When I was very young, we used to say when insulted, “Sticks and stones may break my bones, but words will never hurt me.” You don’t hear that so much anymore because we have learned how powerful words are and their ability to inflict pain. Verbal bullies, who use the Internet to send messages of hate, well know what they are doing. They intentionally cause distress and, frequently, mock that distress by sharing the insult with “friends” on Facebook or some other social networking site. They hurl insults in a distant way rather than face to face. In the old days you saw your enemy on the battlefield literally nose to nose. Today, you can sit in Missouri and kill people in Pakistan. So it is with social networks and verbal cruelty. No wonder the invective has ratcheted up.
Humpty Dumpty, in my favorite quote from my favorite book, said: “When I choose a word… it means just what I choose it to mean.” Alice did not buy this and neither, unfortunately, can we. If you call someone a pervert or a slut, those words have power and cannot just be withdrawn. They can leave marks like physical attacks.
But words can change in their meaning. And sometimes they simultaneously mean different things to different people. That does not mean Humpty was right–“marmalade” does not mean “tomorrow”–but his statement does reflect the emotional power of words.
I am still surprised that groups have arrogated to themselves certain words. They have grabbed them. My favorite example is “gay.” I used to think that meant “cheerful” without any reference to sexual orientation. Now it means something entirely different although, for the record, I have known both cheerful and sad homosexuals and heterosexuals. Maybe in this case, “marmalade” is becoming close to “tomorrow.”
Similarly, “pro-life”: does that mean that those who think a woman has a right to make a choice are anti-life? No one on either side is anti-life! And “natural birth”! Who chose that one? Are not all births a natural process (no matter if forceps or other surgical instruments are used)? And why, too often in education, does “diversity” only refer to race? “Race” refers to race, but diversity refers to, well, diversity. Thus at York we have a pianist who is a prodigy, a diver who is in the top ten in the country in his age bracket, children of poverty and wealth, children whose family structure is different from the norm, children who….you get the picture. Diversity is diversity.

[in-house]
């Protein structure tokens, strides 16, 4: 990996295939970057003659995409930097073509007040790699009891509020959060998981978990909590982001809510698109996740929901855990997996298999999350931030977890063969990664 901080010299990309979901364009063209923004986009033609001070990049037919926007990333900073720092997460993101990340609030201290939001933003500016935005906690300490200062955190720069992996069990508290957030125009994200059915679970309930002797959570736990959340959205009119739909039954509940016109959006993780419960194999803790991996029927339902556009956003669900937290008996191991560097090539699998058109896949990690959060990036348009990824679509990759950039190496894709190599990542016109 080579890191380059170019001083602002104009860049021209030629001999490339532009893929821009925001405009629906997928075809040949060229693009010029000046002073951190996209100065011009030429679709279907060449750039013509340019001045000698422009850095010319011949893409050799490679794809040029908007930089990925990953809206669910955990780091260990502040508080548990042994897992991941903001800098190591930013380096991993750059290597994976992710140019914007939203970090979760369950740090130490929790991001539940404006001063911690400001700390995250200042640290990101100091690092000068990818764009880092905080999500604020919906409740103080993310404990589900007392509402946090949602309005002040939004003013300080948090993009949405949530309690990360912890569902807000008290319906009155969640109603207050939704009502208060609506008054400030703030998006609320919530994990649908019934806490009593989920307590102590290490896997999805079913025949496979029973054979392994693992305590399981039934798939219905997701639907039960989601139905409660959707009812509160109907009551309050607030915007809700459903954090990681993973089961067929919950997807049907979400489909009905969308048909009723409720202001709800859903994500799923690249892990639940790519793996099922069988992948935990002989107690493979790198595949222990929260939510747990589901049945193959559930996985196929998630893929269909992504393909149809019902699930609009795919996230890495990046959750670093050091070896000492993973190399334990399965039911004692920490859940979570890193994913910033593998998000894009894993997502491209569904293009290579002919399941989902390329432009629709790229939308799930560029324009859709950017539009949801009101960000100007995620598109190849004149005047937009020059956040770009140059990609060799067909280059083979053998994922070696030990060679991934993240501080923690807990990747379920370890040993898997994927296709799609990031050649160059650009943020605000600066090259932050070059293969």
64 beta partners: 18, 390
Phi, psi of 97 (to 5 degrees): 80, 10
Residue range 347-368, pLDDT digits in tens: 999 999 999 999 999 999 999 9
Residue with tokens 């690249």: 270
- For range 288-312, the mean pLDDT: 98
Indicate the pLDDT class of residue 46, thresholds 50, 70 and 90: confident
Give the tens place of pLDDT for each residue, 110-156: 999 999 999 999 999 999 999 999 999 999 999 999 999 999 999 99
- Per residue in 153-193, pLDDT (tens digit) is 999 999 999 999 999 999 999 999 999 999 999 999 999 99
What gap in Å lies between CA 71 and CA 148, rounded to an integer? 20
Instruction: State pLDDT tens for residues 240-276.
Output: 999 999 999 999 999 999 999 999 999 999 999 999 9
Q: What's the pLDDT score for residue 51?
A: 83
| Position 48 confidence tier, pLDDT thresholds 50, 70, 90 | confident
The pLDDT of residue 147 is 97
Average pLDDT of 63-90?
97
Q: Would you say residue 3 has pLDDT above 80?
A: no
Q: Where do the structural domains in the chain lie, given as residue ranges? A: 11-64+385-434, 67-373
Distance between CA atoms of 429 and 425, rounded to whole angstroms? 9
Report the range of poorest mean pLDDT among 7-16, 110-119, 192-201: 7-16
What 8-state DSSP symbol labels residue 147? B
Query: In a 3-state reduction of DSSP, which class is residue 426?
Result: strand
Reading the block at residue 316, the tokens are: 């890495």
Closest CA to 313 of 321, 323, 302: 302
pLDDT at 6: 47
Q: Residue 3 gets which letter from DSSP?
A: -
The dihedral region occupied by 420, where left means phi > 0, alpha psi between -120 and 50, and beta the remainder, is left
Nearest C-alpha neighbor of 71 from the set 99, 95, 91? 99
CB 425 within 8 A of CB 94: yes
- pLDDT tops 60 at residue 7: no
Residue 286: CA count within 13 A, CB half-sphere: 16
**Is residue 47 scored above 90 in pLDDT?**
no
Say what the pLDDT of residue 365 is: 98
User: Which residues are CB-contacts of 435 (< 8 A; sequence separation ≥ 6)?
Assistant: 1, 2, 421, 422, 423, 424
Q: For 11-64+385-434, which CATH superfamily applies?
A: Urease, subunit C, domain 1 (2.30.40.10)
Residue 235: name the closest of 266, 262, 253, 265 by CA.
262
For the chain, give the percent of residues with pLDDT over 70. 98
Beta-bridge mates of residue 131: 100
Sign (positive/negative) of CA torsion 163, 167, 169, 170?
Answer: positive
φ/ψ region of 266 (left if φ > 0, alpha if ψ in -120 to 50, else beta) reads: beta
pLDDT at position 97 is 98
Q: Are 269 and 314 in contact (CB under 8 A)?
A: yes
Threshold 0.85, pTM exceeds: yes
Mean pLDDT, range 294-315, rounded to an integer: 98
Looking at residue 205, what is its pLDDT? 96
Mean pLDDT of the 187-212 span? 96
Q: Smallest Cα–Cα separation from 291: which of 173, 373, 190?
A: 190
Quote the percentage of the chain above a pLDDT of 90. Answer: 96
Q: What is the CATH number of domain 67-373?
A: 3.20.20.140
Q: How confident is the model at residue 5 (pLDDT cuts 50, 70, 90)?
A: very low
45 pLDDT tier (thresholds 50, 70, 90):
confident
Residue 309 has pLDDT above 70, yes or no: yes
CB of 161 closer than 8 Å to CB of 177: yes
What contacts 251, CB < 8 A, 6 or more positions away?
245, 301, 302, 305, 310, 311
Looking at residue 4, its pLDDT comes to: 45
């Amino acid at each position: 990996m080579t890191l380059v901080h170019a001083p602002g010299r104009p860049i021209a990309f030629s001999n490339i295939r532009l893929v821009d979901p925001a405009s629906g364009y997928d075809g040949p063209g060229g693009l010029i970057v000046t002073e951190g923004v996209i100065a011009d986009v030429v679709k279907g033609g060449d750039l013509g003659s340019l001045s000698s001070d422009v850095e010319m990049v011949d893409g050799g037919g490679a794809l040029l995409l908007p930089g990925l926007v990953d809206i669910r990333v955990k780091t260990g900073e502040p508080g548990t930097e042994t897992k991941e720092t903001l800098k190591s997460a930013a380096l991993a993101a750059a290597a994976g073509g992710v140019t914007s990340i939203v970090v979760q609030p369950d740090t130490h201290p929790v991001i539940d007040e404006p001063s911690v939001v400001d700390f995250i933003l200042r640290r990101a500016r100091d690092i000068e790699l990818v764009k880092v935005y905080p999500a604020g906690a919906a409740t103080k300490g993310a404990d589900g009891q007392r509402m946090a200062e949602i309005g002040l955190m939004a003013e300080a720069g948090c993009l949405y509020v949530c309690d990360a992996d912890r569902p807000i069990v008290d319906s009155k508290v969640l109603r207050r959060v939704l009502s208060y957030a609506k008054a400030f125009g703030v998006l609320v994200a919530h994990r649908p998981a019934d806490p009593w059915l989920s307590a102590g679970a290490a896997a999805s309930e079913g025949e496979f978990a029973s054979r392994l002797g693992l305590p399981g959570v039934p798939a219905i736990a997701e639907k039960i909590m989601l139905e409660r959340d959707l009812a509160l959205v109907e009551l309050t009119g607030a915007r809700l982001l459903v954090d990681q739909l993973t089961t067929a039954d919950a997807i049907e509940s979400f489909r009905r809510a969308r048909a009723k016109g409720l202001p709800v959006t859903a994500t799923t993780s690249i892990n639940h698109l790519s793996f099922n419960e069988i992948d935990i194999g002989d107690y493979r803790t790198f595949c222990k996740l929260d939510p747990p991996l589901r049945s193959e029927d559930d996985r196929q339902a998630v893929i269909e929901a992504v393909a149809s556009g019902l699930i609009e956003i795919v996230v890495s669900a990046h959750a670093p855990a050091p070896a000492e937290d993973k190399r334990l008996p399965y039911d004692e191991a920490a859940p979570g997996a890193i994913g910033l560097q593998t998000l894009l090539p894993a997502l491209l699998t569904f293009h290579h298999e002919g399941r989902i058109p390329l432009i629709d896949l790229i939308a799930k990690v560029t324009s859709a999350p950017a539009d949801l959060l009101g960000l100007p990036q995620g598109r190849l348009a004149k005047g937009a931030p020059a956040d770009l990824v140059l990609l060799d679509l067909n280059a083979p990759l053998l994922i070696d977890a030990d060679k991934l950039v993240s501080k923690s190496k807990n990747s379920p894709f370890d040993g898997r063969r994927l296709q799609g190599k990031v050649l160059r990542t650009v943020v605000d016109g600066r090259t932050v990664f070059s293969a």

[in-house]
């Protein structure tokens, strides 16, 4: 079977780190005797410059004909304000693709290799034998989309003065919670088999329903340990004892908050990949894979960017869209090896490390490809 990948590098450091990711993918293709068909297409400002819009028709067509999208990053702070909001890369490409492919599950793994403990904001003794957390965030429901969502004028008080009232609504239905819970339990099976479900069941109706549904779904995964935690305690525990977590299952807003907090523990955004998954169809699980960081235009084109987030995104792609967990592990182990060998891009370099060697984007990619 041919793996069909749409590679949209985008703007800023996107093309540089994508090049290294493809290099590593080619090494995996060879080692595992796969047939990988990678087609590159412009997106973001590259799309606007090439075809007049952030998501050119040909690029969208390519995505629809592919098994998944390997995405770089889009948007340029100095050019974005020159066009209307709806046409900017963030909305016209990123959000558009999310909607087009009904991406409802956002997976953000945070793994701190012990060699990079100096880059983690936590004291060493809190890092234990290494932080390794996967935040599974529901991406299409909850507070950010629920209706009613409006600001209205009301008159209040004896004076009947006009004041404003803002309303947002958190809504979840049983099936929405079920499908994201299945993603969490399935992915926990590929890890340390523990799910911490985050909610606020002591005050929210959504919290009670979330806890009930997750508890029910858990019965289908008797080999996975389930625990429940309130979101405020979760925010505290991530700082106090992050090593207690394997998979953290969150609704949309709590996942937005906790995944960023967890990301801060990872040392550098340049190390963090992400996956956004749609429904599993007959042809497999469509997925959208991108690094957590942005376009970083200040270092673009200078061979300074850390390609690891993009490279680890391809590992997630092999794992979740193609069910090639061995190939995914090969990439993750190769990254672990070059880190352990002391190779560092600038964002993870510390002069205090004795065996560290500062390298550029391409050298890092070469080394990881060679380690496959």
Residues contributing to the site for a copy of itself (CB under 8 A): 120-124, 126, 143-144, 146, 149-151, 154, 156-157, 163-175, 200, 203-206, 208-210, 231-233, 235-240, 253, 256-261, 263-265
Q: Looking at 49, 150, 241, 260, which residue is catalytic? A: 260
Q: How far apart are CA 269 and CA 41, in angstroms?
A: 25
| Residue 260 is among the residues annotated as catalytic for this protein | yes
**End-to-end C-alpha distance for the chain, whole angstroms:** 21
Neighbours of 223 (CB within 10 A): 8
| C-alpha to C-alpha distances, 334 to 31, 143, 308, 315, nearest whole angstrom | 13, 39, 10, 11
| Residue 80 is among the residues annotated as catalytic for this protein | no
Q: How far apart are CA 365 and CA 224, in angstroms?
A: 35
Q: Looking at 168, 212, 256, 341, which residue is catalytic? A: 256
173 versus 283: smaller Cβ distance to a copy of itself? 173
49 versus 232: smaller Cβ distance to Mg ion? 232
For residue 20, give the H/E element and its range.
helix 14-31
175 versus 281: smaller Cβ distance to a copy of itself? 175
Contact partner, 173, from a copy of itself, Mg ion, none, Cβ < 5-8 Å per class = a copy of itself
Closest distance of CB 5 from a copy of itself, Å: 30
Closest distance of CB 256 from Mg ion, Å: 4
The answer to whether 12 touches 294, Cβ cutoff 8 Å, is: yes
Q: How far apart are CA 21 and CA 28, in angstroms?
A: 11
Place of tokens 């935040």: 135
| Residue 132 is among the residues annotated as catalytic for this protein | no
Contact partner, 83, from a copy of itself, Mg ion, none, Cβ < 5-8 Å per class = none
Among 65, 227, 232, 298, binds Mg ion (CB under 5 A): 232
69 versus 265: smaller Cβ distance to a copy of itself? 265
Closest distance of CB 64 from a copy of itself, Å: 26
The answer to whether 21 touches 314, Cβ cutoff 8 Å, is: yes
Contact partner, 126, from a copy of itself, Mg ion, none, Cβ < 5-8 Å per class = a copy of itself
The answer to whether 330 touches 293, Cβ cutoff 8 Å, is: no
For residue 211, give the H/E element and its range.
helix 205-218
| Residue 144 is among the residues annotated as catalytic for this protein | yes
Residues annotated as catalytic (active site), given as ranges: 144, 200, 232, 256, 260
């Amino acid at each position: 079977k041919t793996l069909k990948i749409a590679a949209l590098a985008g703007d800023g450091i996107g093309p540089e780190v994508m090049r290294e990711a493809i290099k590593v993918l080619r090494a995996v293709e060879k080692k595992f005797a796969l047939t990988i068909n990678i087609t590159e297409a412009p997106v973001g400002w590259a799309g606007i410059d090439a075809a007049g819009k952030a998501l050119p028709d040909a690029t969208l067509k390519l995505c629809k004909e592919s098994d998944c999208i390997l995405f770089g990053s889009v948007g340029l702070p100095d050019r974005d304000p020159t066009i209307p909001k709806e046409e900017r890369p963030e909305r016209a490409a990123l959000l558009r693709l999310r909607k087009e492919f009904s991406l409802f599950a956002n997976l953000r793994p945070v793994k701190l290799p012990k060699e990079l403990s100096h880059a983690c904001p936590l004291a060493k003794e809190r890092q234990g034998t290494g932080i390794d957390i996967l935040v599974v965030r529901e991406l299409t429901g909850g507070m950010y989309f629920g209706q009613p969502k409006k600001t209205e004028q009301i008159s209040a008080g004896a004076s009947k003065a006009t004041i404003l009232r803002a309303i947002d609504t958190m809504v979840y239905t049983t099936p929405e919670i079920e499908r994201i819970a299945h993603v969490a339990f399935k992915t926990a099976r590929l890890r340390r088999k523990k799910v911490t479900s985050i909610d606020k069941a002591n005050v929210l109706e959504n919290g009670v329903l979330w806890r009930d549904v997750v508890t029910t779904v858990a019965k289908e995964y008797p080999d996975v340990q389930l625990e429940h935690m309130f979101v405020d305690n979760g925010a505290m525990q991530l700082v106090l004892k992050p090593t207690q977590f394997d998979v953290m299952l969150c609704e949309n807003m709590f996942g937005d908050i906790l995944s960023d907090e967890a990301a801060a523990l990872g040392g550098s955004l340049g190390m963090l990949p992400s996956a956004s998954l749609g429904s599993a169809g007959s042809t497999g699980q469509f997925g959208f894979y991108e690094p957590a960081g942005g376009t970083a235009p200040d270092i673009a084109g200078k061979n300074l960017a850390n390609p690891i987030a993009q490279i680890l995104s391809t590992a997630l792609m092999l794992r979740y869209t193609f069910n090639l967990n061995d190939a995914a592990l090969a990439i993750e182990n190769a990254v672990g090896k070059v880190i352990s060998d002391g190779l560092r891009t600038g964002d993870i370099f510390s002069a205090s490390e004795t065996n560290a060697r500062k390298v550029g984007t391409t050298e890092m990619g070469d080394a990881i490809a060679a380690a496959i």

I dislike some words. I dislike the word “hate.” I dislike it intensely, but I am not going to say I hate the word. There is a word for the kind of statement I just made but, ironically, I have forgotten it. I dislike the word “toleration.” The “Test Act” of 1871 in England (known as the “Toleration Act”) allowed non-practicing Christians into the universities of Oxford and Cambridge. It is a good thing that I applied after that Act. There is nothing equal in toleration. It is a one-sided use of arrogance posing as kindness. When a country club tolerates Catholics, it means it allows them in but specifically implies they are not equal. If they were, the “toleration” would be redundant. I remember an argument I had with a student from a university in the Southern US, when we were both at Oxford, who proudly told me that his school allowed inter-racial dating. I told him no such thing exists: humans date humans and we are all members of the human race. I was being disingenuous: I well knew what he meant and was trapping him into admitting his prejudices. I hope my words had more power than his words.
Jonathan Miller said on stage (in Beyond the Fringe) that he was not a “Jew,” but merely “Jewish.” A funny line, but there was thought behind his humor. If we could get away from labels that differentiate us into almost tribal groupings and move towards the recognition that we are all humans (I obviously like that word) with common insecurities, then maybe we would have less suicides, less angst, and more fun.
So words have far greater power than most of us acknowledge, and they cannot just be “taken back” once said. Sticks and stones won’t break my bones, but they surely can mess with my mind.
Ronald P. Stewart, Headmaster
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